In the case of this album leak everyone but the hacker lost. Fans were disappointed in the poor quality of these unreleased tracks, never meant to be put out in wide distribution, and had to wait a week before getting their money back. Jai Paul and XL Recordings suffered a loss in image and the leak distracted from his actual album debut. And even Bandcamp’s brand was damaged as artists now worry about the site being used for fake pages in the future. And even iconic bands like U2, have been unable to properly secure their music from hacking and leaks as shown by a recently leaked jam session video posted by a fan.
While fans await the long anticipated release of Daft Punk’s Random Access Memories, the French electronic duo have had to suffer several leaked “versions” of their singles. The most recent leak of “Giorgio by Moroder” is of poor quality and frustrates the painstaking efforts of the producers and marketing team that have hoped for a polished and planned release.
From EDM to rock, album leaks threaten the entire chain of the music industry as they can help illegal downloads spread long before an official release, causing plummeting drops in sales. For the band Phoenix, the leak of their latest album simply killed the magic for their fans. As Deck D’Arcy put it in a recent interview with Fuse, “It’s more important for the fans, actually. Because as a music fan before the Internet…we would discover, we would wait like crazy for the release date. And a “leak” was not in the vocabulary of the music world. So we were dying for records to come out. There was a lot of emotion…But for people, they don’t have the same tension and that’s a little bit of a shame.”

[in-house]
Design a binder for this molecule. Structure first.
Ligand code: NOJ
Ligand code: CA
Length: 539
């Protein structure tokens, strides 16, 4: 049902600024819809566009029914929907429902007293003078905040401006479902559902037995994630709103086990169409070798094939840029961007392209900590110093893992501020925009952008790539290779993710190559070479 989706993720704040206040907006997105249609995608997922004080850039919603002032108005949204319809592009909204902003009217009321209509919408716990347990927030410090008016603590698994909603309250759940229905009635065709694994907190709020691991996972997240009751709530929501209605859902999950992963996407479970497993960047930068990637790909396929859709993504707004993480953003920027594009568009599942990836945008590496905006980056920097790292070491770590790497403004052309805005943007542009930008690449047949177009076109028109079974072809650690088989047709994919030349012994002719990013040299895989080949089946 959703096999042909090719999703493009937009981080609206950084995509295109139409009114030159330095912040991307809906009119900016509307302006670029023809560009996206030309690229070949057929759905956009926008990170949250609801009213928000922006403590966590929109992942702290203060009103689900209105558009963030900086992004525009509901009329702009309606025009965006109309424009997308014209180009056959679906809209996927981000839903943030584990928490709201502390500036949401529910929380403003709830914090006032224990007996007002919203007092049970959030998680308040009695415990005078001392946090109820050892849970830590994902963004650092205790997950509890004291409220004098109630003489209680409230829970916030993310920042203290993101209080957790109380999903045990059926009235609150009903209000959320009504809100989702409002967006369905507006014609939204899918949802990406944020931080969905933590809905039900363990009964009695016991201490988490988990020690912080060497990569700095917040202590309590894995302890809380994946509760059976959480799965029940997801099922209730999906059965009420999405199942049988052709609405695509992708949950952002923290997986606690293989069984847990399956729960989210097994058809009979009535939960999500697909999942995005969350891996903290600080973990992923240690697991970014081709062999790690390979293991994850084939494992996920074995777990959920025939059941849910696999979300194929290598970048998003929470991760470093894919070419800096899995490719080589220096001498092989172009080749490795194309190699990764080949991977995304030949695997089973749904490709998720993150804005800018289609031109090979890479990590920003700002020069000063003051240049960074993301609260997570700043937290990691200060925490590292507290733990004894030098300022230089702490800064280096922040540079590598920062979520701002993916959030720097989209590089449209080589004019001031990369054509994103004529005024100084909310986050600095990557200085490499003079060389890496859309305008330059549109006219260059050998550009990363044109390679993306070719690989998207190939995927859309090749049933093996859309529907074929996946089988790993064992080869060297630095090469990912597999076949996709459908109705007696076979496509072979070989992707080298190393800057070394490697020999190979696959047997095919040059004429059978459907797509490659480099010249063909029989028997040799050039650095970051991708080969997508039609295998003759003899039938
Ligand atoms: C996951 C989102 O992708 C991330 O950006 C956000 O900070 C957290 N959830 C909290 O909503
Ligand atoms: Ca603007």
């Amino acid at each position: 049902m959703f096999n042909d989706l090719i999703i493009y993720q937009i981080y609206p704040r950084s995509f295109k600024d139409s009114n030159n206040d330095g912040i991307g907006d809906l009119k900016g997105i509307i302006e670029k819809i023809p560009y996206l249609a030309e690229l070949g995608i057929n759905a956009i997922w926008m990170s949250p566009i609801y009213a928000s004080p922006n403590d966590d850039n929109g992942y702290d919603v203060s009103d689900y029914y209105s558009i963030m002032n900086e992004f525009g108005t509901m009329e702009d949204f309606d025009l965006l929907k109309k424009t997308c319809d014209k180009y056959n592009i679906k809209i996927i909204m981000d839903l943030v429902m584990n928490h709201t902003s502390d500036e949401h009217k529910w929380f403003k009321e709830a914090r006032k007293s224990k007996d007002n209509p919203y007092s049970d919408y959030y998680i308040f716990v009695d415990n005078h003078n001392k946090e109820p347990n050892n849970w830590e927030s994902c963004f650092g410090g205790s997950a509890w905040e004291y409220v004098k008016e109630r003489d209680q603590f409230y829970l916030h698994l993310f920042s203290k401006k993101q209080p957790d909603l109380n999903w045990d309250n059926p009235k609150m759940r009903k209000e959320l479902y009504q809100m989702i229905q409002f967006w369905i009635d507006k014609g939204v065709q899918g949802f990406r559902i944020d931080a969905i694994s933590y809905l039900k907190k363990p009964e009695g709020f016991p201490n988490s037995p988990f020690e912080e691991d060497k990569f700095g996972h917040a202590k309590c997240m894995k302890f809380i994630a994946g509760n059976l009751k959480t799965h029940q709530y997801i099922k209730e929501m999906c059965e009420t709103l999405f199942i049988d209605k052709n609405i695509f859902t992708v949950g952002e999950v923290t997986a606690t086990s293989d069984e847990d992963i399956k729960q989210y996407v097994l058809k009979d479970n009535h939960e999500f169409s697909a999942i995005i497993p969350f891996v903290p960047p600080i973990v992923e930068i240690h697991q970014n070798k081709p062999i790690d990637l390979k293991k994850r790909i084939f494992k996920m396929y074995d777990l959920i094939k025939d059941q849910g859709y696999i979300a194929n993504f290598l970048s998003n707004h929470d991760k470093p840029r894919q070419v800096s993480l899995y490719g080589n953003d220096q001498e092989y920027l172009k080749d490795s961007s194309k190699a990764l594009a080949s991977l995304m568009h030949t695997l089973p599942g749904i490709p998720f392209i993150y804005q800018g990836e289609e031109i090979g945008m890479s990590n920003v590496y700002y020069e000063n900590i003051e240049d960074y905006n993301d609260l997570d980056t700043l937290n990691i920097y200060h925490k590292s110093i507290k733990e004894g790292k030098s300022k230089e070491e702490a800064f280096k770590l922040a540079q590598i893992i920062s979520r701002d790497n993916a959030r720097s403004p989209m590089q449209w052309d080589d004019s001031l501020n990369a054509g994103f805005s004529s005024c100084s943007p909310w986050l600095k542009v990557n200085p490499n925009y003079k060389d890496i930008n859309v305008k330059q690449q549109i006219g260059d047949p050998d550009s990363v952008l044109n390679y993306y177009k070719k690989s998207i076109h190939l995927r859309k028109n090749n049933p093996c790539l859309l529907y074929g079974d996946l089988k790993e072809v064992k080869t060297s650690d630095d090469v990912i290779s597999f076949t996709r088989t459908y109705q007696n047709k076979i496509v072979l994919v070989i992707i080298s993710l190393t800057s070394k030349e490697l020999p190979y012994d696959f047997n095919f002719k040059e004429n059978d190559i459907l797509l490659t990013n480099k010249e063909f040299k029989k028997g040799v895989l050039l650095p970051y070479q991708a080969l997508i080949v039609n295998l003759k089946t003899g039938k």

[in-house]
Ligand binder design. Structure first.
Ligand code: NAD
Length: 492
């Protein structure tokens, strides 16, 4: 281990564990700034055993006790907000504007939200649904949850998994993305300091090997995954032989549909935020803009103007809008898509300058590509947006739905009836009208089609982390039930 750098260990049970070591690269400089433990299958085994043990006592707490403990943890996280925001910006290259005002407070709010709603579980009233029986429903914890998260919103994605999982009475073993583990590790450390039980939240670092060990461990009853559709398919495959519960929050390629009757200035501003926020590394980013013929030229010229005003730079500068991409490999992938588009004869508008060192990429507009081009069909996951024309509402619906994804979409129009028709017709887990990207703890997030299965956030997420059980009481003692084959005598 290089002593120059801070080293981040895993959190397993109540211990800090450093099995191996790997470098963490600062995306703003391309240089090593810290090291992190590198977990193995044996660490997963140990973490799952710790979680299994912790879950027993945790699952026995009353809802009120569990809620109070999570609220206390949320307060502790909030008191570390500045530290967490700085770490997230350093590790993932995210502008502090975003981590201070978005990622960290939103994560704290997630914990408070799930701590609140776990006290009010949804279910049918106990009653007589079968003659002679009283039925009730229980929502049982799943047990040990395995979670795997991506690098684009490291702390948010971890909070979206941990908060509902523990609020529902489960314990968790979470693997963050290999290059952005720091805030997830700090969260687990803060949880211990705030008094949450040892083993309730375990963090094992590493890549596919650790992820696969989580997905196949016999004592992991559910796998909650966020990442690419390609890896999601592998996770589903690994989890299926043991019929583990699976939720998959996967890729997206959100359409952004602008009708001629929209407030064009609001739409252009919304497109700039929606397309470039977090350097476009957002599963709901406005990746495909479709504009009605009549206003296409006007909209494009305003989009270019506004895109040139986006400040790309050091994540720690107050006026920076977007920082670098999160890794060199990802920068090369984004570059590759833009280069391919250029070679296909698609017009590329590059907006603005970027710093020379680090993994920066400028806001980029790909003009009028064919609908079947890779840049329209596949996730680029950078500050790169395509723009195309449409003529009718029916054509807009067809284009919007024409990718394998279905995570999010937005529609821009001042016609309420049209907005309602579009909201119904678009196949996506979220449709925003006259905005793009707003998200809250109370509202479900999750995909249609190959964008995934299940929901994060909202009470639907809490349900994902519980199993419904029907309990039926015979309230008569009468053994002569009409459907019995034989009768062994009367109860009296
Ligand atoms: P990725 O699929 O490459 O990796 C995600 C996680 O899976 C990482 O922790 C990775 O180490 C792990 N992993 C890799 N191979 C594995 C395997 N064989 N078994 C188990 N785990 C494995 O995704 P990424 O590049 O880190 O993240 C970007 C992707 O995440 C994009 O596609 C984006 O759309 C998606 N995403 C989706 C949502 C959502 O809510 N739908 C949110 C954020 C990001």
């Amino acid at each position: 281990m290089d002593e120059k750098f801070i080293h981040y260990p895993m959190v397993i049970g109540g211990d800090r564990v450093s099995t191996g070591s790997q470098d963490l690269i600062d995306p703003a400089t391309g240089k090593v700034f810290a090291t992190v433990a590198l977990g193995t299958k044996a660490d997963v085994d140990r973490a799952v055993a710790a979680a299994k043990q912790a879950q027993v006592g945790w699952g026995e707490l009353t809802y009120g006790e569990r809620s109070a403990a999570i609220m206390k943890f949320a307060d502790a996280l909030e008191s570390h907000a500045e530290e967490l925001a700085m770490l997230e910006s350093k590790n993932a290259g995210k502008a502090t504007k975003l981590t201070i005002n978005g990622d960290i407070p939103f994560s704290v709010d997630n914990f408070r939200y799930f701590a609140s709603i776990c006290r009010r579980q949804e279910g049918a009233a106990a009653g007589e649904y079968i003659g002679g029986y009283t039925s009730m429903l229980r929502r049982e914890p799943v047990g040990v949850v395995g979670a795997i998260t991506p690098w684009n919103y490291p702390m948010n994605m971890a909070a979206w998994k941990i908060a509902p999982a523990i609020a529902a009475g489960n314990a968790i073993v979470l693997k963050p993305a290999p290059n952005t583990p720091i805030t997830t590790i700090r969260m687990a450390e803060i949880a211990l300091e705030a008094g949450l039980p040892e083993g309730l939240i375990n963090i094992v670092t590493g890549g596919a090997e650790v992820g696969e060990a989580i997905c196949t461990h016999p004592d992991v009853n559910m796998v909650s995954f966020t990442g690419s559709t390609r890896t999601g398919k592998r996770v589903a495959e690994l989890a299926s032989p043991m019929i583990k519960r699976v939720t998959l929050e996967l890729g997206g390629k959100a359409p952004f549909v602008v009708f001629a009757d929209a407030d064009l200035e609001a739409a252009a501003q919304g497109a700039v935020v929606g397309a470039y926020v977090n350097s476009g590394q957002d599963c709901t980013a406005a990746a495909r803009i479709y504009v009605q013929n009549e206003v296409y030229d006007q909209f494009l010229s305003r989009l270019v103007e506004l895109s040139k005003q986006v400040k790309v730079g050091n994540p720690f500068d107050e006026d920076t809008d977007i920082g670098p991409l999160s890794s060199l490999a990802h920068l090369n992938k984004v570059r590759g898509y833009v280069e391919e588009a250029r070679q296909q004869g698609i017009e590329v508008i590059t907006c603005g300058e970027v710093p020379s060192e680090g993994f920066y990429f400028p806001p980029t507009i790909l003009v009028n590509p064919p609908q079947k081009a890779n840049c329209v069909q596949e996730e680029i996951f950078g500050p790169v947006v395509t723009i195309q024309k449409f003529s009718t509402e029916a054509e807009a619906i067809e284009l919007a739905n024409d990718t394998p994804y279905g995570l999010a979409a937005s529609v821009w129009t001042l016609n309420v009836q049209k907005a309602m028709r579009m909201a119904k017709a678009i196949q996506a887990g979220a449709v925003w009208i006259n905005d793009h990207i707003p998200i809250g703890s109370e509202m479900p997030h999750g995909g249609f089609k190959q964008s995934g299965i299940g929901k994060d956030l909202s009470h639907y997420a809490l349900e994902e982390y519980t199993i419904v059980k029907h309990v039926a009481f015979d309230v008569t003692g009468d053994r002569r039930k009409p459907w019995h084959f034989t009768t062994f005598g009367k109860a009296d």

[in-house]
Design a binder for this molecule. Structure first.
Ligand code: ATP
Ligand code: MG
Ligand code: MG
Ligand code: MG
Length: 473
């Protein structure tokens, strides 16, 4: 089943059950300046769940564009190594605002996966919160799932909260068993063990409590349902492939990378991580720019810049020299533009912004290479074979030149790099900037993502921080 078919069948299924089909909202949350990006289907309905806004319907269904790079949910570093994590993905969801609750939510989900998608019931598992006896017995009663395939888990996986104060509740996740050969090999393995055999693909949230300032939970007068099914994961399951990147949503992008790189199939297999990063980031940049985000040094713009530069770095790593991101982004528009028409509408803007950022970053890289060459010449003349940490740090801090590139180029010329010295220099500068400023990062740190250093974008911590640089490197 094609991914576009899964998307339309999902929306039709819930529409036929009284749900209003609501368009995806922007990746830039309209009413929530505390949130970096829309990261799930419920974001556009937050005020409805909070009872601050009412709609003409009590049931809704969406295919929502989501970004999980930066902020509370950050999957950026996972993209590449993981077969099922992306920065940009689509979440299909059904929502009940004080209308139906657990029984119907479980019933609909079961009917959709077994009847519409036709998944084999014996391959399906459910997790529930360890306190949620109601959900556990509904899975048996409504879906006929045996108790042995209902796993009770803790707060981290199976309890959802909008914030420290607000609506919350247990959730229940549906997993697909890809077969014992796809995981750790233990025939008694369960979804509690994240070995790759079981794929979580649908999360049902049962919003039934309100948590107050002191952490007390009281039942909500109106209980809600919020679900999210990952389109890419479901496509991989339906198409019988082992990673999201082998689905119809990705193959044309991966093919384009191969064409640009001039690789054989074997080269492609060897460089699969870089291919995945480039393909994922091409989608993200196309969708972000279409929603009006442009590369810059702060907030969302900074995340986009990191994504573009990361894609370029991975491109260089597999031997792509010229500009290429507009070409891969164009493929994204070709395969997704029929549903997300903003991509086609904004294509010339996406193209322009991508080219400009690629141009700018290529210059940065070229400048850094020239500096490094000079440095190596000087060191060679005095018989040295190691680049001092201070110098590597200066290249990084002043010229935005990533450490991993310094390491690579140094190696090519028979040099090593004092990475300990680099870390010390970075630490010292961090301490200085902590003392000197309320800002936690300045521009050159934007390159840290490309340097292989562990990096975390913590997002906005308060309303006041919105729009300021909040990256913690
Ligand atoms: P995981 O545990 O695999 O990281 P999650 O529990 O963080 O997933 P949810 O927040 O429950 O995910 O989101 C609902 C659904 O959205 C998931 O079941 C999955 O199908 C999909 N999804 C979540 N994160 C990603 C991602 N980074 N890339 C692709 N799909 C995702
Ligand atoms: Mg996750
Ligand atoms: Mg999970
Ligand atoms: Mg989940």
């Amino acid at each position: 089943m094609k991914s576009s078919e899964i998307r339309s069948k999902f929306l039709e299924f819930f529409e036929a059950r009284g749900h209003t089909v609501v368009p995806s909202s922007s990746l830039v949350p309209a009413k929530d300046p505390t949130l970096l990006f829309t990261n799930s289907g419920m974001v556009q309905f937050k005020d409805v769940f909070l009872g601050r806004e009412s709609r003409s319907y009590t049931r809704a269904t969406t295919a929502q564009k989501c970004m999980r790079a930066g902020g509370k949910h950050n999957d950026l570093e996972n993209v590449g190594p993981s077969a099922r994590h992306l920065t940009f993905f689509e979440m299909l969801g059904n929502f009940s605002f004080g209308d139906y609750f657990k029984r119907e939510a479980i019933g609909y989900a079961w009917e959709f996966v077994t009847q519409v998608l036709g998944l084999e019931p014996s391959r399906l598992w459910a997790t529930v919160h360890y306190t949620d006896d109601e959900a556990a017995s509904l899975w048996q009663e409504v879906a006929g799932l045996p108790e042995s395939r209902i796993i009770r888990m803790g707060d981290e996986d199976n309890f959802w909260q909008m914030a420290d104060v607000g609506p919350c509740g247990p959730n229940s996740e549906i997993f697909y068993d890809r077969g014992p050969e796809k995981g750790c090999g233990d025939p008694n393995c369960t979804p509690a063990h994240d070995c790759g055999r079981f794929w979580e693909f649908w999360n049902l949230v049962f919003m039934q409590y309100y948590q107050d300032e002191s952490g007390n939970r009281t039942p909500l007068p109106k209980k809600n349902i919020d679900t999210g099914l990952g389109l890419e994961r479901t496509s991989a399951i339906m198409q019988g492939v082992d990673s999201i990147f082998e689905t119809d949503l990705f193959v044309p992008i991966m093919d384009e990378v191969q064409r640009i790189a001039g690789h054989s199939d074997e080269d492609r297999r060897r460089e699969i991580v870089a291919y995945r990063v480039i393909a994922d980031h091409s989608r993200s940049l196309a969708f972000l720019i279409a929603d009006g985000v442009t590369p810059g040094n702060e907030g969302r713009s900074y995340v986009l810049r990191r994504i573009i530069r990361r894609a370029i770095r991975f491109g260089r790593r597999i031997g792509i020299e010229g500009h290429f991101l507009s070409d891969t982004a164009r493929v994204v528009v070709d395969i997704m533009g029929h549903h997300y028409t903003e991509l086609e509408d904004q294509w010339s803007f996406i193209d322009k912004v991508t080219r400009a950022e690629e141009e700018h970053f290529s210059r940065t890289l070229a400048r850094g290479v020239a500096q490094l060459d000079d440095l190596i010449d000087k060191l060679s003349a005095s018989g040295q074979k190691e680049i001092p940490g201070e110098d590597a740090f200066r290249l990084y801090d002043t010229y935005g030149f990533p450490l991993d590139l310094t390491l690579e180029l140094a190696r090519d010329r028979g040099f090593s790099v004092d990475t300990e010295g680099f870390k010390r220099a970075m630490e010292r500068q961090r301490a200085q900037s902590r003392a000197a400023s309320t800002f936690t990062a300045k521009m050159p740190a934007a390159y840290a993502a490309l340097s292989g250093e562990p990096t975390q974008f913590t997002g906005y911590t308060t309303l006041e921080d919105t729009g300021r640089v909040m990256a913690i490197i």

Album leaks even have the potential to derail a planned marketed release as shown in the case of Kid Cudi’s Indicud. The rapper’s sophomore album was leaked three weeks before its scheduled release date, causing his label to scramble to release the album a week early to avoid any further losses in album sales.